Venous thrombo-embolism (VTE) disease includes deep vein thrombosis (DVT) and pulmonary embolism. The incidence is 0.1 to 0.2% per annum in the general population. The risk increases with age. A pulmonary embolism may result in subtle or sudden incapacitation, including death and is likely to affect flight safety.

Thrombo-embolic disease has a high risk of recurrence of 5 -7% per year following a first episode, or about 50 times the risk of someone who has not suffered an episode of DVT. The risk is much higher following a recurrent episode. The risk decreases over time.

Since anticoagulation has its own risks, an episode of VTE currently treated with anticoagulants implies an increased risk to flight safety.

A provoked VTE episode means an occurrence in the presence of a temporary risk factor, for instance pregnancy, surgery, trauma or prolonged immobilisation.

An unprovoked or idiopathic VTE episode means an occurrence where no temporary clinical risk factor can be identified. DVTs due to malignancy and congenital coagulopathy are not idiopathic but should generally be considered as unprovoked when making treatment decisions.

Treatment is by anticoagulants. The American College of Chest Physicians (ACCP) Guidelines recommends the following anticoagulation treatment duration, taking into account the risk versus benefit of treatment.

Provoked distal DVT
  • 3 months
Unprovoked isolated distal DVT
  • 3 months, then evaluation of riskbenefit of extended therapy
Provoked proximal DVT
  • 3 months
Unprovoked proximal DVT
  • At least 3 months, then evaluation of risk-benefit of extended therapy
  • High risk of bleeding: 3 months
  • Low/moderate risk: extended anticoagulation
Second provoked DVT
  • Low risk of bleeding: extended anticoagulation
  • Moderate risk of bleeding: extended anticoagulation
DVT and active cancer
  • Low, moderate and high risk of bleeding: extended anticoagulation

The following parameters need considering since they do increase the risk of recurrence (J Fahrni and al; Assessing the risk of recurrent venous thromboembolism – a practical approach; Vascular Health and Risk Management 2015:11 451-459). The relative risk (RR) is between 1.5 and 2.8 depending on the parameter considered. These are:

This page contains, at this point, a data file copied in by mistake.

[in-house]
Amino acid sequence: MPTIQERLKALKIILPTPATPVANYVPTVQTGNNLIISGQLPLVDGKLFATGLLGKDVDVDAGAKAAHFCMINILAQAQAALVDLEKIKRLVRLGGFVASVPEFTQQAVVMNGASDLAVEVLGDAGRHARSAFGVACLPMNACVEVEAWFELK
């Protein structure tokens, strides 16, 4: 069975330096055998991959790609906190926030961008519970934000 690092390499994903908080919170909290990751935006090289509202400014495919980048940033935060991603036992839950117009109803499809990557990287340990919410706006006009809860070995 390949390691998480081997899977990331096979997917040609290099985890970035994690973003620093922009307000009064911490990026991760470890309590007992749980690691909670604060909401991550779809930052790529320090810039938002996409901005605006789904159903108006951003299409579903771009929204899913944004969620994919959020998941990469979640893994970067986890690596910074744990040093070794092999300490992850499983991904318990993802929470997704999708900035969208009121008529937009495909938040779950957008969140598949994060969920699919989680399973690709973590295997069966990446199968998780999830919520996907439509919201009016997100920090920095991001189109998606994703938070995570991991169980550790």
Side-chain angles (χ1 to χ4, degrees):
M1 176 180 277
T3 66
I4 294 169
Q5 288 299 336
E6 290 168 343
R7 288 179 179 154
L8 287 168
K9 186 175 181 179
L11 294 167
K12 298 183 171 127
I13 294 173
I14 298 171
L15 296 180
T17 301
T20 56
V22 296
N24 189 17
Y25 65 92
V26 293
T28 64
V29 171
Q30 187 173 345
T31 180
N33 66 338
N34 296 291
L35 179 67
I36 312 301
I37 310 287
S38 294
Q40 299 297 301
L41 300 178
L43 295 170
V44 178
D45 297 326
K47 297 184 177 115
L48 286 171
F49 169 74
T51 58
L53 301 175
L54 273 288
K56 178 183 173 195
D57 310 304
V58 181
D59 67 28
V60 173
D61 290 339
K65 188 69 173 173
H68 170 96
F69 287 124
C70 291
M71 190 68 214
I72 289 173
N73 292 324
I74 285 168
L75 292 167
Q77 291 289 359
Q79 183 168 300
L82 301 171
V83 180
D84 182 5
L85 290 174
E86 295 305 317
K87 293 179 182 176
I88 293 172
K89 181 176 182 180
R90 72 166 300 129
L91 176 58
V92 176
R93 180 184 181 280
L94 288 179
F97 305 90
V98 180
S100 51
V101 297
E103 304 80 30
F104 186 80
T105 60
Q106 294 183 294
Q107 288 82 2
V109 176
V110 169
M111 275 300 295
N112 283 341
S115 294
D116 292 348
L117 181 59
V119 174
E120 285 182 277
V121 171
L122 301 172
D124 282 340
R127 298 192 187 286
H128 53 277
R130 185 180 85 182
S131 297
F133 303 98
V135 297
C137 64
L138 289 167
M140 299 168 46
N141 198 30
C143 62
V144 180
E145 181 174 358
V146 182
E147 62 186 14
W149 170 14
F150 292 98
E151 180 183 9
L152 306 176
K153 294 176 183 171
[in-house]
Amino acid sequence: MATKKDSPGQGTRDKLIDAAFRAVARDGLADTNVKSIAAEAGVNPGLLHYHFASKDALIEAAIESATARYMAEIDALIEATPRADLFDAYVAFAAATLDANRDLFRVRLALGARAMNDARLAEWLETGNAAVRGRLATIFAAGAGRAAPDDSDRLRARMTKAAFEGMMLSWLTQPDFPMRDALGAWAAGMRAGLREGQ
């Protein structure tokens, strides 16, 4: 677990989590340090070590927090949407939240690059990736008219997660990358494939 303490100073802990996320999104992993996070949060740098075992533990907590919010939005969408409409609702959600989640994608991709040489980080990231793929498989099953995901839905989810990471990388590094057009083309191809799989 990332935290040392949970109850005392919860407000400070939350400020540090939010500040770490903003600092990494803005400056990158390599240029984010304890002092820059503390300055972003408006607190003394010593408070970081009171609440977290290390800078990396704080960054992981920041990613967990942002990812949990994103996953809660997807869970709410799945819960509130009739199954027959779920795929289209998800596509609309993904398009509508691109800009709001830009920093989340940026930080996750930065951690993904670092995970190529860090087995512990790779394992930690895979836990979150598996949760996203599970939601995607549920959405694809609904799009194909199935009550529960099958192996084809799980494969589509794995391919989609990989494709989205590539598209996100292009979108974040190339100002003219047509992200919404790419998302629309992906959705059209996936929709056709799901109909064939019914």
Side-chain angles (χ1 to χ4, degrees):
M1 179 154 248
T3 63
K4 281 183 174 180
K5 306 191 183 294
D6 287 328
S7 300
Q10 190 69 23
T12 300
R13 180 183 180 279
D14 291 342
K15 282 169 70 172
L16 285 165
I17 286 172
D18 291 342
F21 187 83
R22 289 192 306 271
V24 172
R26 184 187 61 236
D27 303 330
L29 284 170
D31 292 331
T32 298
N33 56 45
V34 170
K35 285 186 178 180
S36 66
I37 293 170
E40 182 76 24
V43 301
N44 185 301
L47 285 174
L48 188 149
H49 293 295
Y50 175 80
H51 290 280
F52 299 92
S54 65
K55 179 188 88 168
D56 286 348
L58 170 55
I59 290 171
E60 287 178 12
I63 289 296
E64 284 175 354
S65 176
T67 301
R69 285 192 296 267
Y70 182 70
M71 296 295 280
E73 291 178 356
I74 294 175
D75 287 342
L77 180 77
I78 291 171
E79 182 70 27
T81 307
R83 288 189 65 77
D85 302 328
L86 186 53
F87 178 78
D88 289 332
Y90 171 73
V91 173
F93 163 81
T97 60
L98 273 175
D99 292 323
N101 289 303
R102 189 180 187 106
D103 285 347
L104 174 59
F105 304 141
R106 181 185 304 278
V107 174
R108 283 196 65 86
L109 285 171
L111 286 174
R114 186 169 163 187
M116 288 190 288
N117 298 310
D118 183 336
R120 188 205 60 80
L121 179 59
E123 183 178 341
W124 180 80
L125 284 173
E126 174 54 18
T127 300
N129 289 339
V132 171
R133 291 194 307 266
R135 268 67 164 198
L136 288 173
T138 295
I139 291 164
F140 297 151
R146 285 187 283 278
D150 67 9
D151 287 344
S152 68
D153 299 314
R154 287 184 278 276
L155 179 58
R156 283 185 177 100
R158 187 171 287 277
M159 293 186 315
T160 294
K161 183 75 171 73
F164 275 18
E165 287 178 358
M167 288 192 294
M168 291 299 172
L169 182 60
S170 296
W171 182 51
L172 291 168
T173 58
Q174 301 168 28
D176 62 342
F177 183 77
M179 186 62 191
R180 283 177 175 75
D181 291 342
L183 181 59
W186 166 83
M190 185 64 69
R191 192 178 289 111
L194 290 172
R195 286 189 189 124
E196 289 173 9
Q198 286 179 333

• Unprovoked proximal DVT
  • Obesity
  • Male sex
  • Positive D-dimer test
  • Residual thrombosis
  • Hereditary thrombophilia
  • Inflammatory bowel disease and
  • Antiphospholipid antibody.

Male sex and positive D-dimer test following anticoagulation have the highest relative risk (RR) of 2.8 and 2.6 respectively while Asian and Pacific Islander ethnicity decreases the risk, with a RR = 0.7.

Information to be provided

Following an episode of VTE:

  • Complete medical notes relating to the thrombo-embolic episode;
  • A recent D-dimer test if anticoagulants have been discontinued within the past 12 months;
  • A recent Ultra-Sound of the affected limb may be required;
  • A haematologist report may be required.


An applicant who has suffered from a recent thromboembolic episode, currently treated with anticoagulants:

  • Should be considered as having a condition that is of aeromedical significance.

An applicant who has suffered a first thromboembolic episode more than 6 months ago and who is no longer requiring anticoagulants or is only requiring an anti-coagulant for prophylactic reasons may be considered as having a condition that is not of aeromedical significance if:

  • A D Dimer test is normal;
  • A follow up ultra-sound is showing resolution of the thrombus;
  • A thrombophilia screen, completed at least one month after cessation of anticoagulants is normal;
  • If taking prophylactic treatment with Warfarin, is assessed by following the guidelines, Use of Warfarin;
  • If taking prophylactic treatment with a novel oral anticoagulant (NOAC), is assessed by following the guidelines, Use of NOACs;
  • If the application is for a Class 1 certificate and the applicant is taking anticoagulants, a 'Not valid for single pilot air operations carrying passengers is imposed'.